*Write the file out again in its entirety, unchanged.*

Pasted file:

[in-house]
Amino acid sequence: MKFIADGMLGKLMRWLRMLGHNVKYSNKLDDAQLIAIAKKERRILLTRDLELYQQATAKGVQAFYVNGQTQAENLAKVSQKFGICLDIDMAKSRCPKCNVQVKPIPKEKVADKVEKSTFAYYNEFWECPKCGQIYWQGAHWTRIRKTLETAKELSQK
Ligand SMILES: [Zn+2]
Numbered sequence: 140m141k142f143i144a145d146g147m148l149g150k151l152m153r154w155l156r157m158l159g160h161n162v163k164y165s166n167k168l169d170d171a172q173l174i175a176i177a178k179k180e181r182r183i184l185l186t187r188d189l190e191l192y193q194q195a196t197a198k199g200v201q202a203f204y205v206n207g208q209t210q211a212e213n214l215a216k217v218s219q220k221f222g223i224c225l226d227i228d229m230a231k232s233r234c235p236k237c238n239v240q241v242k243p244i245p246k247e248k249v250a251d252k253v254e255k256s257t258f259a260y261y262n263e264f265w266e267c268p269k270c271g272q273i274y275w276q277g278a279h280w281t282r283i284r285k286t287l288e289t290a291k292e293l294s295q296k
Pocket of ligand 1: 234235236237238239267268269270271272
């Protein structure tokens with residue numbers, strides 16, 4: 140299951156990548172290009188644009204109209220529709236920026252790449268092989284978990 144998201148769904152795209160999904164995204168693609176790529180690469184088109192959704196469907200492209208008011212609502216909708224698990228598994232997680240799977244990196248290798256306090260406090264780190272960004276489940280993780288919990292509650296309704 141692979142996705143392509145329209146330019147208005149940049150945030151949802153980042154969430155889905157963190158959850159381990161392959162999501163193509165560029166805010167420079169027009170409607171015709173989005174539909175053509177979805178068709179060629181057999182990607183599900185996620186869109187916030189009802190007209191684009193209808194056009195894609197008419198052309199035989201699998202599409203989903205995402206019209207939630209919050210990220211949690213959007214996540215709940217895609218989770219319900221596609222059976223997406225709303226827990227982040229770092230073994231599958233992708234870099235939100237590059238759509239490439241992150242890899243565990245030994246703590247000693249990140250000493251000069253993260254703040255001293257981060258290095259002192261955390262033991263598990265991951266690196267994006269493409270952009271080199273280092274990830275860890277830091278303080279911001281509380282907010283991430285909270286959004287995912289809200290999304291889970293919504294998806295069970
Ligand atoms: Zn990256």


[in-house]
Amino acid sequence: MKFIADGMLGKLMRWLRMLGHNVKYSNKLDDAQLIAIAKKERRILLTRDLELYQQATAKGVQAFYVNGQTQAENLAKVSQKFGICLDIDMAKSRCPKCNVQVKPIPKEKVADKVEKSTFAYYNEFWECPKCGQIYWQGAHWTRIRKTLETAKELSQK
Ligand SMILES: [Zn+2]
Numbered sequence: 140m141k142f143i144a145d146g147m148l149g150k151l152m153r154w155l156r157m158l159g160h161n162v163k164y165s166n167k168l169d170d171a172q173l174i175a176i177a178k179k180e181r182r183i184l185l186t187r188d189l190e191l192y193q194q195a196t197a198k199g200v201q202a203f204y205v206n207g208q209t210q211a212e213n214l215a216k217v218s219q220k221f222g223i224c225l226d227i228d229m230a231k232s233r234c235p236k237c238n239v240q241v242k243p244i245p246k247e248k249v250a251d252k253v254e255k256s257t258f259a260y261y262n263e264f265w266e267c268p269k270c271g272q273i274y275w276q277g278a279h280w281t282r283i284r285k286t287l288e289t290a291k292e293l294s295q296k
Pocket of ligand 1: 234235236237238239267268269270271272
């Protein structure tokens with residue numbers, strides 16, 4: 140299951156990548172290009188644009204109209220529709236920026252790449268092989284978990 144998201148769904152795209160999904164995204168693609176790529180690469184088109192959704196469907200492209208008011212609502216909708224698990228598994232997680240799977244990196248290798256306090260406090264780190272960004276489940280993780288919990292509650296309704 141692979142996705143392509145329209146330019147208005149940049150945030151949802153980042154969430155889905157963190158959850159381990161392959162999501163193509165560029166805010167420079169027009170409607171015709173989005174539909175053509177979805178068709179060629181057999182990607183599900185996620186869109187916030189009802190007209191684009193209808194056009195894609197008419198052309199035989201699998202599409203989903205995402206019209207939630209919050210990220211949690213959007214996540215709940217895609218989770219319900221596609222059976223997406225709303226827990227982040229770092230073994231599958233992708234870099235939100237590059238759509239490439241992150242890899243565990245030994246703590247000693249990140250000493251000069253993260254703040255001293257981060258290095259002192261955390262033991263598990265991951266690196267994006269493409270952009271080199273280092274990830275860890277830091278303080279911001281509380282907010283991430285909270286959004287995912289809200290999304291889970293919504294998806295069970
Ligand atoms: Zn990256």